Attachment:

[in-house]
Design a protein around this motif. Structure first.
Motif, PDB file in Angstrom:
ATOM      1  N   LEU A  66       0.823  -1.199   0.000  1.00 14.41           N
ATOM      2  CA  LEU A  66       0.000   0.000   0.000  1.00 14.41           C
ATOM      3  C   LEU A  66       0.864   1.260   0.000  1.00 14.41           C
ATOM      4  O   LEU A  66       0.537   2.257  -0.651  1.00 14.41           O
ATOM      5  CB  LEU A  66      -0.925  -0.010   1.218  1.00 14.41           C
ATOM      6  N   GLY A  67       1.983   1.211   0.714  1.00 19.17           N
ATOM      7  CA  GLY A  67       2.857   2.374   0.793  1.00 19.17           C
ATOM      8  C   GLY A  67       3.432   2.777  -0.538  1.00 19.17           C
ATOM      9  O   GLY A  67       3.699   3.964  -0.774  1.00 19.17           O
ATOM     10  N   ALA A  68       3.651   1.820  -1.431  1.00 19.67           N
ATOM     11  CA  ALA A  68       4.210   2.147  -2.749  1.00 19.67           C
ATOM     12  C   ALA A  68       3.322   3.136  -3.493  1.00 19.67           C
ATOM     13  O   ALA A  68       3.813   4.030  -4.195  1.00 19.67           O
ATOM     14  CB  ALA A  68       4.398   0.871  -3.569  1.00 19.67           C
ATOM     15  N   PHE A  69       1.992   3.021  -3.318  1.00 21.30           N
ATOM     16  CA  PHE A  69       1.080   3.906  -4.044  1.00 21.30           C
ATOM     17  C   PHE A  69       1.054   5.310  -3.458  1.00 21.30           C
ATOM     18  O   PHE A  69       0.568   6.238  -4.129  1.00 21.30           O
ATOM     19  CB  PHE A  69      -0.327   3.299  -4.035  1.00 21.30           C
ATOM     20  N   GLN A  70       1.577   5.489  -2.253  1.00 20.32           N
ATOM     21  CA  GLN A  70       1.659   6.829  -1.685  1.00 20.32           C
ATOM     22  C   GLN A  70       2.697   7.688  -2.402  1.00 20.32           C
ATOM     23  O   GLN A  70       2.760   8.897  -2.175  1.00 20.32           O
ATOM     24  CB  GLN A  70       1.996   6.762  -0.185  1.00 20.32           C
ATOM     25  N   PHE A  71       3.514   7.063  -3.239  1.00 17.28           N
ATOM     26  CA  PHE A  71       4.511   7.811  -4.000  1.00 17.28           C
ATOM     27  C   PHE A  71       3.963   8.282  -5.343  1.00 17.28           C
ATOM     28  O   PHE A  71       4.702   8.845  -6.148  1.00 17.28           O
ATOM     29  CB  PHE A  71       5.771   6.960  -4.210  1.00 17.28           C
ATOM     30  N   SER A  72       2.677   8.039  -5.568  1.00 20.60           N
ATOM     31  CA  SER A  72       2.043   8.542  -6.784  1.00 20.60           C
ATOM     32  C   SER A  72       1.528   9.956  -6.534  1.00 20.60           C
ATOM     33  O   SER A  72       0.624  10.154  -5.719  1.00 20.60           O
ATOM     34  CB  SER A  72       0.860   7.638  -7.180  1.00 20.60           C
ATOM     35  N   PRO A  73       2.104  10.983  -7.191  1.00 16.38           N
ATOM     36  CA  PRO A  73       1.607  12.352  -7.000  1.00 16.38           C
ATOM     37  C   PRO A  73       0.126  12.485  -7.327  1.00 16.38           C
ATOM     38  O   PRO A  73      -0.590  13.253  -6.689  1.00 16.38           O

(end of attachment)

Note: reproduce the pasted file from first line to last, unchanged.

[in-house]
Design a protein around this motif. Structure first.
Motif, PDB file in Angstrom:
ATOM      1  N   LEU A  66       0.823  -1.199   0.000  1.00 14.41           N
ATOM      2  CA  LEU A  66       0.000   0.000   0.000  1.00 14.41           C
ATOM      3  C   LEU A  66       0.864   1.260   0.000  1.00 14.41           C
ATOM      4  O   LEU A  66       0.537   2.257  -0.651  1.00 14.41           O
ATOM      5  CB  LEU A  66      -0.925  -0.010   1.218  1.00 14.41           C
ATOM      6  N   GLY A  67       1.983   1.211   0.714  1.00 19.17           N
ATOM      7  CA  GLY A  67       2.857   2.374   0.793  1.00 19.17           C
ATOM      8  C   GLY A  67       3.432   2.777  -0.538  1.00 19.17           C
ATOM      9  O   GLY A  67       3.699   3.964  -0.774  1.00 19.17           O
ATOM     10  N   ALA A  68       3.651   1.820  -1.431  1.00 19.67           N
ATOM     11  CA  ALA A  68       4.210   2.147  -2.749  1.00 19.67           C
ATOM     12  C   ALA A  68       3.322   3.136  -3.493  1.00 19.67           C
ATOM     13  O   ALA A  68       3.813   4.030  -4.195  1.00 19.67           O
ATOM     14  CB  ALA A  68       4.398   0.871  -3.569  1.00 19.67           C
ATOM     15  N   PHE A  69       1.992   3.021  -3.318  1.00 21.30           N
ATOM     16  CA  PHE A  69       1.080   3.906  -4.044  1.00 21.30           C
ATOM     17  C   PHE A  69       1.054   5.310  -3.458  1.00 21.30           C
ATOM     18  O   PHE A  69       0.568   6.238  -4.129  1.00 21.30           O
ATOM     19  CB  PHE A  69      -0.327   3.299  -4.035  1.00 21.30           C
ATOM     20  N   GLN A  70       1.577   5.489  -2.253  1.00 20.32           N
ATOM     21  CA  GLN A  70       1.659   6.829  -1.685  1.00 20.32           C
ATOM     22  C   GLN A  70       2.697   7.688  -2.402  1.00 20.32           C
ATOM     23  O   GLN A  70       2.760   8.897  -2.175  1.00 20.32           O
ATOM     24  CB  GLN A  70       1.996   6.762  -0.185  1.00 20.32           C
ATOM     25  N   PHE A  71       3.514   7.063  -3.239  1.00 17.28           N
ATOM     26  CA  PHE A  71       4.511   7.811  -4.000  1.00 17.28           C
ATOM     27  C   PHE A  71       3.963   8.282  -5.343  1.00 17.28           C
ATOM     28  O   PHE A  71       4.702   8.845  -6.148  1.00 17.28           O
ATOM     29  CB  PHE A  71       5.771   6.960  -4.210  1.00 17.28           C
ATOM     30  N   SER A  72       2.677   8.039  -5.568  1.00 20.60           N
ATOM     31  CA  SER A  72       2.043   8.542  -6.784  1.00 20.60           C
ATOM     32  C   SER A  72       1.528   9.956  -6.534  1.00 20.60           C
ATOM     33  O   SER A  72       0.624  10.154  -5.719  1.00 20.60           O
ATOM     34  CB  SER A  72       0.860   7.638  -7.180  1.00 20.60           C
ATOM     35  N   PRO A  73       2.104  10.983  -7.191  1.00 16.38           N
ATOM     36  CA  PRO A  73       1.607  12.352  -7.000  1.00 16.38           C
ATOM     37  C   PRO A  73       0.126  12.485  -7.327  1.00 16.38           C
ATOM     38  O   PRO A  73      -0.590  13.253  -6.689  1.00 16.38           O